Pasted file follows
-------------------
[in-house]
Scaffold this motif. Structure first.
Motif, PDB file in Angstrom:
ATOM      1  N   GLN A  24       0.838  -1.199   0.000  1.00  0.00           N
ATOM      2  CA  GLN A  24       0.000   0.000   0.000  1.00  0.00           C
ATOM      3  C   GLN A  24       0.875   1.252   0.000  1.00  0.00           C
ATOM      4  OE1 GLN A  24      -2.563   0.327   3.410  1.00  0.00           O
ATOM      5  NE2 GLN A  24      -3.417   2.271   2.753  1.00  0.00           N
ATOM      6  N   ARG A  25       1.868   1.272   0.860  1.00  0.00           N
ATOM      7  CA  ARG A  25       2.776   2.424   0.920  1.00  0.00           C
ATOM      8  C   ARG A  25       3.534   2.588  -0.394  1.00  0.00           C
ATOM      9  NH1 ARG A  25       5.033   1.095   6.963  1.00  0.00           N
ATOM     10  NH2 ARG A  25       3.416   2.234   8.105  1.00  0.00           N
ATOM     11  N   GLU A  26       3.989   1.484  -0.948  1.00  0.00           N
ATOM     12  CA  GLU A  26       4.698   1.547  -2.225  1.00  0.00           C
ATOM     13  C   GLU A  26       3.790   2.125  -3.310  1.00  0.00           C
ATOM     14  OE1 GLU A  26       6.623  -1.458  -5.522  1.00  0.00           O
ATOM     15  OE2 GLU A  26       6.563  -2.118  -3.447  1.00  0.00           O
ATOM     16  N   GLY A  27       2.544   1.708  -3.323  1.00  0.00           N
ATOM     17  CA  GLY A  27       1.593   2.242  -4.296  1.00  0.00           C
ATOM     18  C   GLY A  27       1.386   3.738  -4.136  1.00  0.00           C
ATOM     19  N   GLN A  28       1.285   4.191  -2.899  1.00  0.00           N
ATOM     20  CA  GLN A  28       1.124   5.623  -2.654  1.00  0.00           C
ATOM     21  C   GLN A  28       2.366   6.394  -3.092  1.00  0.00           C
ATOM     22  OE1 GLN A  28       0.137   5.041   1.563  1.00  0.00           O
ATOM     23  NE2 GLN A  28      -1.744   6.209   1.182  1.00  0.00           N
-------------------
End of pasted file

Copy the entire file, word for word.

[in-house]
Scaffold this motif. Structure first.
Motif, PDB file in Angstrom:
ATOM      1  N   GLN A  24       0.838  -1.199   0.000  1.00  0.00           N
ATOM      2  CA  GLN A  24       0.000   0.000   0.000  1.00  0.00           C
ATOM      3  C   GLN A  24       0.875   1.252   0.000  1.00  0.00           C
ATOM      4  OE1 GLN A  24      -2.563   0.327   3.410  1.00  0.00           O
ATOM      5  NE2 GLN A  24      -3.417   2.271   2.753  1.00  0.00           N
ATOM      6  N   ARG A  25       1.868   1.272   0.860  1.00  0.00           N
ATOM      7  CA  ARG A  25       2.776   2.424   0.920  1.00  0.00           C
ATOM      8  C   ARG A  25       3.534   2.588  -0.394  1.00  0.00           C
ATOM      9  NH1 ARG A  25       5.033   1.095   6.963  1.00  0.00           N
ATOM     10  NH2 ARG A  25       3.416   2.234   8.105  1.00  0.00           N
ATOM     11  N   GLU A  26       3.989   1.484  -0.948  1.00  0.00           N
ATOM     12  CA  GLU A  26       4.698   1.547  -2.225  1.00  0.00           C
ATOM     13  C   GLU A  26       3.790   2.125  -3.310  1.00  0.00           C
ATOM     14  OE1 GLU A  26       6.623  -1.458  -5.522  1.00  0.00           O
ATOM     15  OE2 GLU A  26       6.563  -2.118  -3.447  1.00  0.00           O
ATOM     16  N   GLY A  27       2.544   1.708  -3.323  1.00  0.00           N
ATOM     17  CA  GLY A  27       1.593   2.242  -4.296  1.00  0.00           C
ATOM     18  C   GLY A  27       1.386   3.738  -4.136  1.00  0.00           C
ATOM     19  N   GLN A  28       1.285   4.191  -2.899  1.00  0.00           N
ATOM     20  CA  GLN A  28       1.124   5.623  -2.654  1.00  0.00           C
ATOM     21  C   GLN A  28       2.366   6.394  -3.092  1.00  0.00           C
ATOM     22  OE1 GLN A  28       0.137   5.041   1.563  1.00  0.00           O
ATOM     23  NE2 GLN A  28      -1.744   6.209   1.182  1.00  0.00           N